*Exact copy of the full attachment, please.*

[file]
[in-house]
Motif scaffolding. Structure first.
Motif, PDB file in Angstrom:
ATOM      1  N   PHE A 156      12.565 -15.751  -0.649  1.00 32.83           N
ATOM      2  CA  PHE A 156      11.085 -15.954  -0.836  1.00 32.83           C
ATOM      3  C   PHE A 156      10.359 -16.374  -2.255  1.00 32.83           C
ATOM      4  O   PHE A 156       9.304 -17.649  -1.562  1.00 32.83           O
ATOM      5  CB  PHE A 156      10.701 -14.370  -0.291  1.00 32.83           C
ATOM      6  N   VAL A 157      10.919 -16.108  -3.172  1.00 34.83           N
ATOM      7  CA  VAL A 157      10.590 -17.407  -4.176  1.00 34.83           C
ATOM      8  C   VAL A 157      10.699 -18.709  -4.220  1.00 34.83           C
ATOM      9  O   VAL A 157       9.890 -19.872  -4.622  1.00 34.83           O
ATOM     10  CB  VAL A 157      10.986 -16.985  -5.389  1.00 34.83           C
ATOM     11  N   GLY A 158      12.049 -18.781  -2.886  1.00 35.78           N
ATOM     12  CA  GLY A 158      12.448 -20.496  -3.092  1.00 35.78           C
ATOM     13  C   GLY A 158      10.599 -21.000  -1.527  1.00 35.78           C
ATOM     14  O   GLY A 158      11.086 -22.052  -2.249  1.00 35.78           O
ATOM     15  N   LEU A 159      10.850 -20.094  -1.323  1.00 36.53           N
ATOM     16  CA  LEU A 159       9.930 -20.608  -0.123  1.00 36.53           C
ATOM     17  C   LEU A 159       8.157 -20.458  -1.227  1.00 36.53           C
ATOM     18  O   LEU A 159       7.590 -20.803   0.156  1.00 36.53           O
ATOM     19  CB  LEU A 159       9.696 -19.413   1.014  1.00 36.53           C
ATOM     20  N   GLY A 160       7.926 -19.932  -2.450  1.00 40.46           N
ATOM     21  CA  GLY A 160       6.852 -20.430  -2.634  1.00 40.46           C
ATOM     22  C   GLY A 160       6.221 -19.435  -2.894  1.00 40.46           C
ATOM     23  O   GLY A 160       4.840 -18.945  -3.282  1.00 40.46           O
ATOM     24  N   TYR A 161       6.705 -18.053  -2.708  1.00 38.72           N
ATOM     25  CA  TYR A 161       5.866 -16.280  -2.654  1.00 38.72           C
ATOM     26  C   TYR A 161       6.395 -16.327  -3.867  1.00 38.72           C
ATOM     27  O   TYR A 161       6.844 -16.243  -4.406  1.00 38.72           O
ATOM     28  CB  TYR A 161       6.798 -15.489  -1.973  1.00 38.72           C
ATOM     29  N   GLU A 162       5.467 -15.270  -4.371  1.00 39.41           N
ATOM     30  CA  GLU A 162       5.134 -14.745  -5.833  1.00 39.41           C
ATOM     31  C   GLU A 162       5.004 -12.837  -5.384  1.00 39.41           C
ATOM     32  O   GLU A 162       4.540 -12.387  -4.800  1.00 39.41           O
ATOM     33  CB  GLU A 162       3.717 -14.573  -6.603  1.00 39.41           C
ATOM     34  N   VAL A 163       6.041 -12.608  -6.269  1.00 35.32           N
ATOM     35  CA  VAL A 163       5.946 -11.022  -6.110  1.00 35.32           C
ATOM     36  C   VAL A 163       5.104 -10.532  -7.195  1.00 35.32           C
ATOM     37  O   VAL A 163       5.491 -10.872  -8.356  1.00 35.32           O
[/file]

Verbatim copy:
[in-house]
Motif scaffolding. Structure first.
Motif, PDB file in Angstrom:
ATOM      1  N   PHE A 156      12.565 -15.751  -0.649  1.00 32.83           N
ATOM      2  CA  PHE A 156      11.085 -15.954  -0.836  1.00 32.83           C
ATOM      3  C   PHE A 156      10.359 -16.374  -2.255  1.00 32.83           C
ATOM      4  O   PHE A 156       9.304 -17.649  -1.562  1.00 32.83           O
ATOM      5  CB  PHE A 156      10.701 -14.370  -0.291  1.00 32.83           C
ATOM      6  N   VAL A 157      10.919 -16.108  -3.172  1.00 34.83           N
ATOM      7  CA  VAL A 157      10.590 -17.407  -4.176  1.00 34.83           C
ATOM      8  C   VAL A 157      10.699 -18.709  -4.220  1.00 34.83           C
ATOM      9  O   VAL A 157       9.890 -19.872  -4.622  1.00 34.83           O
ATOM     10  CB  VAL A 157      10.986 -16.985  -5.389  1.00 34.83           C
ATOM     11  N   GLY A 158      12.049 -18.781  -2.886  1.00 35.78           N
ATOM     12  CA  GLY A 158      12.448 -20.496  -3.092  1.00 35.78           C
ATOM     13  C   GLY A 158      10.599 -21.000  -1.527  1.00 35.78           C
ATOM     14  O   GLY A 158      11.086 -22.052  -2.249  1.00 35.78           O
ATOM     15  N   LEU A 159      10.850 -20.094  -1.323  1.00 36.53           N
ATOM     16  CA  LEU A 159       9.930 -20.608  -0.123  1.00 36.53           C
ATOM     17  C   LEU A 159       8.157 -20.458  -1.227  1.00 36.53           C
ATOM     18  O   LEU A 159       7.590 -20.803   0.156  1.00 36.53           O
ATOM     19  CB  LEU A 159       9.696 -19.413   1.014  1.00 36.53           C
ATOM     20  N   GLY A 160       7.926 -19.932  -2.450  1.00 40.46           N
ATOM     21  CA  GLY A 160       6.852 -20.430  -2.634  1.00 40.46           C
ATOM     22  C   GLY A 160       6.221 -19.435  -2.894  1.00 40.46           C
ATOM     23  O   GLY A 160       4.840 -18.945  -3.282  1.00 40.46           O
ATOM     24  N   TYR A 161       6.705 -18.053  -2.708  1.00 38.72           N
ATOM     25  CA  TYR A 161       5.866 -16.280  -2.654  1.00 38.72           C
ATOM     26  C   TYR A 161       6.395 -16.327  -3.867  1.00 38.72           C
ATOM     27  O   TYR A 161       6.844 -16.243  -4.406  1.00 38.72           O
ATOM     28  CB  TYR A 161       6.798 -15.489  -1.973  1.00 38.72           C
ATOM     29  N   GLU A 162       5.467 -15.270  -4.371  1.00 39.41           N
ATOM     30  CA  GLU A 162       5.134 -14.745  -5.833  1.00 39.41           C
ATOM     31  C   GLU A 162       5.004 -12.837  -5.384  1.00 39.41           C
ATOM     32  O   GLU A 162       4.540 -12.387  -4.800  1.00 39.41           O
ATOM     33  CB  GLU A 162       3.717 -14.573  -6.603  1.00 39.41           C
ATOM     34  N   VAL A 163       6.041 -12.608  -6.269  1.00 35.32           N
ATOM     35  CA  VAL A 163       5.946 -11.022  -6.110  1.00 35.32           C
ATOM     36  C   VAL A 163       5.104 -10.532  -7.195  1.00 35.32           C
ATOM     37  O   VAL A 163       5.491 -10.872  -8.356  1.00 35.32           O